October 20, 2020 at 3:15 pm

      It is indeed a “damn good country”, but the rest of your comment is absolute, utter and complete tripe.

      We are all entitled to our own opinions, but not to our own facts, even “alternate” ones.

      First, “the covid disaster” has NOTHING, ABSOLUTELY NOTHING to do with the protests. The two are completely unconnected and neither side are drawing any connections or links whatsoever. This is just pure fantasy.

      Secondly, and more importantly, name any “basic demand” that “tears down the foundation of this country”. NAME ANY. JUST ONE. IT SHOULDN”T BE HARD.

      But I doubt you actually have the faintest idea what their “basic demands” are, do you?

      For something to be a “foundation” of any country it has, by definition and by its nature, to be more than just three years old.

      … but nothing the protesters are demanding be changed is more than three years old. NOTHING.

      The constitution they are objecting dates to 2017 – the 20th since the constitution was codified in 1932. That original constitution declared that “the highest power in the land belongs to all people”, with a fully elected legislature and a constitutional monarchy.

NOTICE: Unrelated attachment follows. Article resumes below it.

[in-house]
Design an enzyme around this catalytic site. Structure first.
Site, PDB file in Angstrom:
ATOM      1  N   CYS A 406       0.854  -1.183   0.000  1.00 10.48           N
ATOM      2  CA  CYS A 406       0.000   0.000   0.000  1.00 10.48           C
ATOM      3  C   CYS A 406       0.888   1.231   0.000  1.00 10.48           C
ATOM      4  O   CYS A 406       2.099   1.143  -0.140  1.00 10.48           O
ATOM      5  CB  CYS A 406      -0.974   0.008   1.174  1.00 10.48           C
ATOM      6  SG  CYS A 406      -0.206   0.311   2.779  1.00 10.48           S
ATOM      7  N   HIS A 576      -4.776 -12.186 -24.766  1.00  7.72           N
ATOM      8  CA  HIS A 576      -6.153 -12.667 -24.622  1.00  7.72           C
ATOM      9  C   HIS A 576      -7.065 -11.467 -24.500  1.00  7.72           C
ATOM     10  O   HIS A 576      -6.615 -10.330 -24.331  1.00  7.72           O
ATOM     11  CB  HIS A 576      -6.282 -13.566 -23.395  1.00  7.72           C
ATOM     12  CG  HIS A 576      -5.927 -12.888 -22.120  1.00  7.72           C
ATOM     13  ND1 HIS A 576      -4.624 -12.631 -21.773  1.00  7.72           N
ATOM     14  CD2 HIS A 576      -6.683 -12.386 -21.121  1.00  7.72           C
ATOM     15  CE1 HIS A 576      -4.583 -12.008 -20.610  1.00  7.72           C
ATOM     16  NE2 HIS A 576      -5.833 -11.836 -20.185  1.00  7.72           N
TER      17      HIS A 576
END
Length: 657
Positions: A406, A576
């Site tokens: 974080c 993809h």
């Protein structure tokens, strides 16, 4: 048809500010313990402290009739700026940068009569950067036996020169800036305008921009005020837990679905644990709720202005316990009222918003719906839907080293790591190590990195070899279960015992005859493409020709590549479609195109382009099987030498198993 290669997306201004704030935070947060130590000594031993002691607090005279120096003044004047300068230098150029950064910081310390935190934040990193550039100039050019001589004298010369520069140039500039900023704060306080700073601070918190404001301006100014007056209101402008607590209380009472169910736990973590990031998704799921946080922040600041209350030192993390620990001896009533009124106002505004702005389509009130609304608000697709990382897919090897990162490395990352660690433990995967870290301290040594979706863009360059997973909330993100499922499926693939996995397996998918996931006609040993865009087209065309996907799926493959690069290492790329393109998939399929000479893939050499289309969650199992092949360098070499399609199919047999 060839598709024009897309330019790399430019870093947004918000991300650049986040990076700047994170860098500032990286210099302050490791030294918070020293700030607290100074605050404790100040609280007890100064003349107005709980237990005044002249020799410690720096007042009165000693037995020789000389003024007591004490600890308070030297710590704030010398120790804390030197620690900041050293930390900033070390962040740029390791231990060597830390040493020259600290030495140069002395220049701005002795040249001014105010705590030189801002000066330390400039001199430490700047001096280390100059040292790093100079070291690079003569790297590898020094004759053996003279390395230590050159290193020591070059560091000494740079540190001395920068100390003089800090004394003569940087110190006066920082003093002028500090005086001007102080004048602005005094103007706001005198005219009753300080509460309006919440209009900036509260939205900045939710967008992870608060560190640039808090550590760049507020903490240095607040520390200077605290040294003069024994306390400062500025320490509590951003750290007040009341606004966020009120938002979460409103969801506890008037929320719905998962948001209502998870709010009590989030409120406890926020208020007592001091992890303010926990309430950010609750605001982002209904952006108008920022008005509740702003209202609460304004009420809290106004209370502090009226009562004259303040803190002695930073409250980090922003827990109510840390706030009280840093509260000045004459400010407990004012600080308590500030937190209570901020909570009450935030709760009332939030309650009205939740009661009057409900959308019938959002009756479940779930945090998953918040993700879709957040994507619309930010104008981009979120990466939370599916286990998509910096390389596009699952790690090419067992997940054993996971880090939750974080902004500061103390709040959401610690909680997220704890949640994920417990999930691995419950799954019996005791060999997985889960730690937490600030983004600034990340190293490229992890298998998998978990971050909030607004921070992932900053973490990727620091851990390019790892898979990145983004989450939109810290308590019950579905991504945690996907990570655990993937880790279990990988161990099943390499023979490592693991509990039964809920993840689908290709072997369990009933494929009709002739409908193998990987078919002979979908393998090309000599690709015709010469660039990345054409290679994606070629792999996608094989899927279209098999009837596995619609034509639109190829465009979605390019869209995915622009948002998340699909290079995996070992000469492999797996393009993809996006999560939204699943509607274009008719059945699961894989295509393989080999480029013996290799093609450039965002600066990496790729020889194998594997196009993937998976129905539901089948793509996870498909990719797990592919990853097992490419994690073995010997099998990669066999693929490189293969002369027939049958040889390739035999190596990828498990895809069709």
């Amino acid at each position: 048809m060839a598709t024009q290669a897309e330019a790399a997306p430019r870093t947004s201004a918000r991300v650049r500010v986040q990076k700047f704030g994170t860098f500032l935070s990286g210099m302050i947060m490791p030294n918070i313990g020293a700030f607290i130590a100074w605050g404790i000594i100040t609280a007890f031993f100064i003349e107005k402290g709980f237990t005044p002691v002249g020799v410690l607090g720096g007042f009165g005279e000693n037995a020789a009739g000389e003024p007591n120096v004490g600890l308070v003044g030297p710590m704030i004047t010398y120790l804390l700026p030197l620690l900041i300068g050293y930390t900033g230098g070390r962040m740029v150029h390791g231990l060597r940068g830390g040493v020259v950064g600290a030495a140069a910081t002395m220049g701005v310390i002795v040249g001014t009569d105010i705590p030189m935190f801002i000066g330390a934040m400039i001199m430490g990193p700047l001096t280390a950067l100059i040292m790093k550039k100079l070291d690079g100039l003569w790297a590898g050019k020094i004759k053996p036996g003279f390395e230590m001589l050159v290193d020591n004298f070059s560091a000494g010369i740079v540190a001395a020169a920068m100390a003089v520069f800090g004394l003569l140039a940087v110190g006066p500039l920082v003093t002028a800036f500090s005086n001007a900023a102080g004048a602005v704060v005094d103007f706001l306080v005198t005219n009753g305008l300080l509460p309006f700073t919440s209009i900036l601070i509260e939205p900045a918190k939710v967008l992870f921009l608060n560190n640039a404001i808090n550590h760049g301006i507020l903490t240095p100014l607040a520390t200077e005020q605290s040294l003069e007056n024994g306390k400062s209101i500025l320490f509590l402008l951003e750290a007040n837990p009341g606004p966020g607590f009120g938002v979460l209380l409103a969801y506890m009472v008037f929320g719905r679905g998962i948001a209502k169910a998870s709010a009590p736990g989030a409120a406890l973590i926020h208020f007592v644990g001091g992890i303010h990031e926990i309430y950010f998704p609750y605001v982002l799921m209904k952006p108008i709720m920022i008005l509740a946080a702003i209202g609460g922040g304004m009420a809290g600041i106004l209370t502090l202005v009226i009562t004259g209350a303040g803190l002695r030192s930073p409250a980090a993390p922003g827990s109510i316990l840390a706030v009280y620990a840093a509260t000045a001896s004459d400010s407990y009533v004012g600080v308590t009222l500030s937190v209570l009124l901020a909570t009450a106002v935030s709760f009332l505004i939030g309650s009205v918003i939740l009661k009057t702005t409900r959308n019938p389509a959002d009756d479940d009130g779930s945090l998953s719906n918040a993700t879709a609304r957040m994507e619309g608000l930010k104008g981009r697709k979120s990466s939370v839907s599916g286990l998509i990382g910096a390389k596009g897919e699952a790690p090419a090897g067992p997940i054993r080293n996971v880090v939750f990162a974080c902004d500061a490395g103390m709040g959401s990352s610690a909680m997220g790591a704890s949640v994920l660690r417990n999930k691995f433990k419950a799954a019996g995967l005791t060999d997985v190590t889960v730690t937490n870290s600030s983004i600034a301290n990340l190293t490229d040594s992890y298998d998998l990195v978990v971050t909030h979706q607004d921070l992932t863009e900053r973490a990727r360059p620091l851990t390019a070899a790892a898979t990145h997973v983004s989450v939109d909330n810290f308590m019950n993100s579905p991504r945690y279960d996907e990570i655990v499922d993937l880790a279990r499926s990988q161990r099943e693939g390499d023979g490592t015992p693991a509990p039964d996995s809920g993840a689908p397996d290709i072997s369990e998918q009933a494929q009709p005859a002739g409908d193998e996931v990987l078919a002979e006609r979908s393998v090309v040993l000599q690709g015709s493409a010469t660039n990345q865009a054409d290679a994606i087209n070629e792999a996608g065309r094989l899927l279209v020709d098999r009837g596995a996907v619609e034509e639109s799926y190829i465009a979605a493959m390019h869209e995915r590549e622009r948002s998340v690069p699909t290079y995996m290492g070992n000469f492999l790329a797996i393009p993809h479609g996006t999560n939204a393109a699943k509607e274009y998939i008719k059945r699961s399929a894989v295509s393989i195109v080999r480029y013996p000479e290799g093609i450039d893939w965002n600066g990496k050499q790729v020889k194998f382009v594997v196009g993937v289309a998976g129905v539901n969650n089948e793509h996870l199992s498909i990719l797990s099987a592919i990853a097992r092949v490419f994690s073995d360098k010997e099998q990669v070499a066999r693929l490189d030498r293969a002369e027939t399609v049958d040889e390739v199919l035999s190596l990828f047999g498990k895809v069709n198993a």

That constitution, like it or not, was the “foundation” on which Thailand was made – not the 2017 version, or those imposed by assorted military governments with varying degrees of appointed legislatures and absolute executives.

      They are also objecting to various recent changes to the monarchy, particularly*:

      1. The Crown Property Act of 2017, published in 2018, that transferred the complete portfolio of the Crown Property Bureau worth some US$40 billion, which had been held since 1932 “on behalf of the monarchy and the nation” to the King personally.